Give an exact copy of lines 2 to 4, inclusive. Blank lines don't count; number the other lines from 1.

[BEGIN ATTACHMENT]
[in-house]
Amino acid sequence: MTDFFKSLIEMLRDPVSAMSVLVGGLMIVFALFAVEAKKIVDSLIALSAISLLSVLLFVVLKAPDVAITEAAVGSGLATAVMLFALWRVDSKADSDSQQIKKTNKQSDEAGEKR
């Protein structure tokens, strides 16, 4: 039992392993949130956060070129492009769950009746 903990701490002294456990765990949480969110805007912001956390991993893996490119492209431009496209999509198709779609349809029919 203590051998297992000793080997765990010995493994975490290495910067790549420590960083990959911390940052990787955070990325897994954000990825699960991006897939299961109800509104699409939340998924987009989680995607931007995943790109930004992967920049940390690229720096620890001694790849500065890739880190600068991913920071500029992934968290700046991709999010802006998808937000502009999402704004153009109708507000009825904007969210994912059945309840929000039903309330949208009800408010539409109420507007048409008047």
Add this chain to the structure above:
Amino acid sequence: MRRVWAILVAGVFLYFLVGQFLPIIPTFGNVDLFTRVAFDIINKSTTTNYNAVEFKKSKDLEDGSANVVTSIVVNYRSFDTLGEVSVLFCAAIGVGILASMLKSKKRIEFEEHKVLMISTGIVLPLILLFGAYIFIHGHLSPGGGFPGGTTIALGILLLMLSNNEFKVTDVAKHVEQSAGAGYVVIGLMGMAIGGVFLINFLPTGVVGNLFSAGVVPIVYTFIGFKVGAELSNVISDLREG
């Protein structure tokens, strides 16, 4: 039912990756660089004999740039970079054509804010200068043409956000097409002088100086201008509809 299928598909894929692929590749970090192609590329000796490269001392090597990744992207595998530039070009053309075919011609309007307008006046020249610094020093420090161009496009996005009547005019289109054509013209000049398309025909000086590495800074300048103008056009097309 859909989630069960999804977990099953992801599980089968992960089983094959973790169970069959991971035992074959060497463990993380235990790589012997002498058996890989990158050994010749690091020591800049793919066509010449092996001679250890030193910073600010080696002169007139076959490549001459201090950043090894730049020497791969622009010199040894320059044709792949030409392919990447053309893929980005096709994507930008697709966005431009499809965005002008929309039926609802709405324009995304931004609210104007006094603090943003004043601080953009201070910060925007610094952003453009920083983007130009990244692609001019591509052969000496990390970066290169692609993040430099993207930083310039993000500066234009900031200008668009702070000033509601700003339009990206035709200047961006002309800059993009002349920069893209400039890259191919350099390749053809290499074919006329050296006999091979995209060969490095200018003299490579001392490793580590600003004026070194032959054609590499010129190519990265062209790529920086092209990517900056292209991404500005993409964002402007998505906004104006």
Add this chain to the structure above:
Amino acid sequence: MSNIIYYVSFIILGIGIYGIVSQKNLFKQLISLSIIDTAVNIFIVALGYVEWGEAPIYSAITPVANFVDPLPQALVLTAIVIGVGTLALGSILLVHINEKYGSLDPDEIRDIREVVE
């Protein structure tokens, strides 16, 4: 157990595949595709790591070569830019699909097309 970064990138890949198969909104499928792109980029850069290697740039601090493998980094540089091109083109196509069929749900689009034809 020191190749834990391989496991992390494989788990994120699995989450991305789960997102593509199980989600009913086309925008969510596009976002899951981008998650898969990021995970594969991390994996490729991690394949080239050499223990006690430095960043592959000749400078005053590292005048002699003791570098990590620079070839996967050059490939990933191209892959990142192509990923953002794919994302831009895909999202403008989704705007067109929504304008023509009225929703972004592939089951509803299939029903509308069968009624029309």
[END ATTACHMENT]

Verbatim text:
Amino acid sequence: MTDFFKSLIEMLRDPVSAMSVLVGGLMIVFALFAVEAKKIVDSLIALSAISLLSVLLFVVLKAPDVAITEAAVGSGLATAVMLFALWRVDSKADSDSQQIKKTNKQSDEAGEKR
């Protein structure tokens, strides 16, 4: 039992392993949130956060070129492009769950009746 903990701490002294456990765990949480969110805007912001956390991993893996490119492209431009496209999509198709779609349809029919 203590051998297992000793080997765990010995493994975490290495910067790549420590960083990959911390940052990787955070990325897994954000990825699960991006897939299961109800509104699409939340998924987009989680995607931007995943790109930004992967920049940390690229720096620890001694790849500065890739880190600068991913920071500029992934968290700046991709999010802006998808937000502009999402704004153009109708507000009825904007969210994912059945309840929000039903309330949208009800408010539409109420507007048409008047």
Add this chain to the structure above: